Ever since the United States Supreme Court decided Faragher v. Boca Raton
, 524 U.S. 775 (1998) and Burlington Indus., Inc. v. Ellerth
, 524 U.S. 742 (1998), employers have had recourse to an affirmative defense to liability (the Faragher/Ellerth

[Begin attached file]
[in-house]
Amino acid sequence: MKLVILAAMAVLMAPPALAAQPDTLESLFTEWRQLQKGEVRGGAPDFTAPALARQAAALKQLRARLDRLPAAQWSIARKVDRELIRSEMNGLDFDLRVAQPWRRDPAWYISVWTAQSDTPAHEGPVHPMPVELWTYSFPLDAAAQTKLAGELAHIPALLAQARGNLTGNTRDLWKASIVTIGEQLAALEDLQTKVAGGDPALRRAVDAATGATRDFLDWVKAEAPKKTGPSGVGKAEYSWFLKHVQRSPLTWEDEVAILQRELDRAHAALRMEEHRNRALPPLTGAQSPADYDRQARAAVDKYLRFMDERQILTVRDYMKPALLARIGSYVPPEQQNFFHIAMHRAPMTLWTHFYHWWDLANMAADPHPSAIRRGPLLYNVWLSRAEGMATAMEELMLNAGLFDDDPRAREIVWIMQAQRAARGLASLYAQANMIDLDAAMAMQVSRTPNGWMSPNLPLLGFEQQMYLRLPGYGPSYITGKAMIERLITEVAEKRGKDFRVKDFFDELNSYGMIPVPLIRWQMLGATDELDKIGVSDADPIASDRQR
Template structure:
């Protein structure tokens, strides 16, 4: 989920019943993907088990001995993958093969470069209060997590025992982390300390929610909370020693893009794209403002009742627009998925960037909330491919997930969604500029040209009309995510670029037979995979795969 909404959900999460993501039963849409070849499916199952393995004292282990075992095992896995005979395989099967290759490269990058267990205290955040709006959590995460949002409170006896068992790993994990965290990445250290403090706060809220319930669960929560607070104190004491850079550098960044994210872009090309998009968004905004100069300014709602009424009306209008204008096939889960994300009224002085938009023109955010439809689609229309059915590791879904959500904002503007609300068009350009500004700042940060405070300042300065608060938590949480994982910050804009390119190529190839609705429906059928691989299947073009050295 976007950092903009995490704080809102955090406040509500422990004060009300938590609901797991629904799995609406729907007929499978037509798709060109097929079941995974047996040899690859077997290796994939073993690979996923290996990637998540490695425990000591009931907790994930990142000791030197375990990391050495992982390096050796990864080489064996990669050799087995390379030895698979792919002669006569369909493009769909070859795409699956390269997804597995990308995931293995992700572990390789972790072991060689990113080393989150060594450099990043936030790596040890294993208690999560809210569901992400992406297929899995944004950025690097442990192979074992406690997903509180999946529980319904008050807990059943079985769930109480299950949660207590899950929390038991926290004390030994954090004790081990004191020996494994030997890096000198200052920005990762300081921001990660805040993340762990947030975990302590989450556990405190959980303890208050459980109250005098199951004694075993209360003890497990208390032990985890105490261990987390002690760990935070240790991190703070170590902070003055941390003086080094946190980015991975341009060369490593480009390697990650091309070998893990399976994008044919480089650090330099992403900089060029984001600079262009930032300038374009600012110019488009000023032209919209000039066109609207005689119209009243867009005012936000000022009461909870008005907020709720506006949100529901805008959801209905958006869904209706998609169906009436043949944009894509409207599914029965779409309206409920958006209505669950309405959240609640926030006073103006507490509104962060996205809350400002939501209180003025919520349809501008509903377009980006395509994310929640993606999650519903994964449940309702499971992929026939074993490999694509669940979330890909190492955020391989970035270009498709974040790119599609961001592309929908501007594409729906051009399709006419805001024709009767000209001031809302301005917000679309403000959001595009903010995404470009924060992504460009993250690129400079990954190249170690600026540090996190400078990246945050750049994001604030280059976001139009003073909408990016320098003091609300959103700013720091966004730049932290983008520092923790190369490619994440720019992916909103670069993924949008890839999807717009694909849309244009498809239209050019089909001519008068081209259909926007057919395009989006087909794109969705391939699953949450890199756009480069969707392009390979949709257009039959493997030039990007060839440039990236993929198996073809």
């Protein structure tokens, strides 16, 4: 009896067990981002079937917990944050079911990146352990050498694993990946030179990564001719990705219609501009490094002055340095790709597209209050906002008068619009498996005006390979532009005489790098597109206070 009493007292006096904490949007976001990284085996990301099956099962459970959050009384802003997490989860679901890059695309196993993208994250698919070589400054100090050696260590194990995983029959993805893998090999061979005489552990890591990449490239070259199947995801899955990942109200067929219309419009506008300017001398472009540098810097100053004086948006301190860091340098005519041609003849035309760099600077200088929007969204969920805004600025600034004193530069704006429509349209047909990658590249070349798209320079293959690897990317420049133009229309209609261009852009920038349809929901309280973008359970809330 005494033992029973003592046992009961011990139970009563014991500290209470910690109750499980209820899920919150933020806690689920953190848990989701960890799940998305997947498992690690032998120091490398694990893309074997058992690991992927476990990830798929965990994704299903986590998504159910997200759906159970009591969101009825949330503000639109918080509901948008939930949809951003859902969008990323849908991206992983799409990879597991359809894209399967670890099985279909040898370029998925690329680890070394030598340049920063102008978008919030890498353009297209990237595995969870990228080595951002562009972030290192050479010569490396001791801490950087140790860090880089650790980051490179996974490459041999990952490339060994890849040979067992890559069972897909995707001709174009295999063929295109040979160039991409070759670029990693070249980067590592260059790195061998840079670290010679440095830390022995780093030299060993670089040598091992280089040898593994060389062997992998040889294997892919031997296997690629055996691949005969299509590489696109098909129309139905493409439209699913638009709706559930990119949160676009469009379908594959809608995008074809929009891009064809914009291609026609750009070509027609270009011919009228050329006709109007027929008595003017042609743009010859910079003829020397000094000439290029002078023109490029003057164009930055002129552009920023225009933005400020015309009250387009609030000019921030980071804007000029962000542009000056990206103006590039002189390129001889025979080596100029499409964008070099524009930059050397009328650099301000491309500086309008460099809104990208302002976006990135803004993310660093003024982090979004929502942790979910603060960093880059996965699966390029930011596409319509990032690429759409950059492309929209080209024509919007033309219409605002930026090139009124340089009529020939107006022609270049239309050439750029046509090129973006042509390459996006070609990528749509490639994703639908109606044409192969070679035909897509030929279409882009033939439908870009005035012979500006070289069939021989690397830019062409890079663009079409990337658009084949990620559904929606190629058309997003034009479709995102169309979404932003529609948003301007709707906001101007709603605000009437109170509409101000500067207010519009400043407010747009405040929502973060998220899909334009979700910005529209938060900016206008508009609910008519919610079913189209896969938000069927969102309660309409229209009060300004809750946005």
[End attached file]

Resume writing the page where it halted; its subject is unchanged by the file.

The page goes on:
defense) in cases where a supervisor is guilty of sexual harassment but where no tangible employment action is taken against the plaintiff (e.g., demotion or discharge). In such cases, assuming that the plaintiff has otherwise proven sexual harassment (or a prima facie case on a motion for summary judgment), the employers defense requires proof by a preponderance of the evidence that (1) it exercised reasonable care to prevent and correct any harassment, and (2) the plaintiff unreasonably failed to make use of any preventive and corrective mechanisms provided by the employer or otherwise avoid the harm. The nature of the employers harassment policy is a key issue to both prongs of this defense, as an appropriate policy both shows the employers reasonable care to prevent or correct harassment, and such a policy also can form the basis for a claim that the plaintiffs failure to use the employers preventive and corrective mechanisms was unreasonable.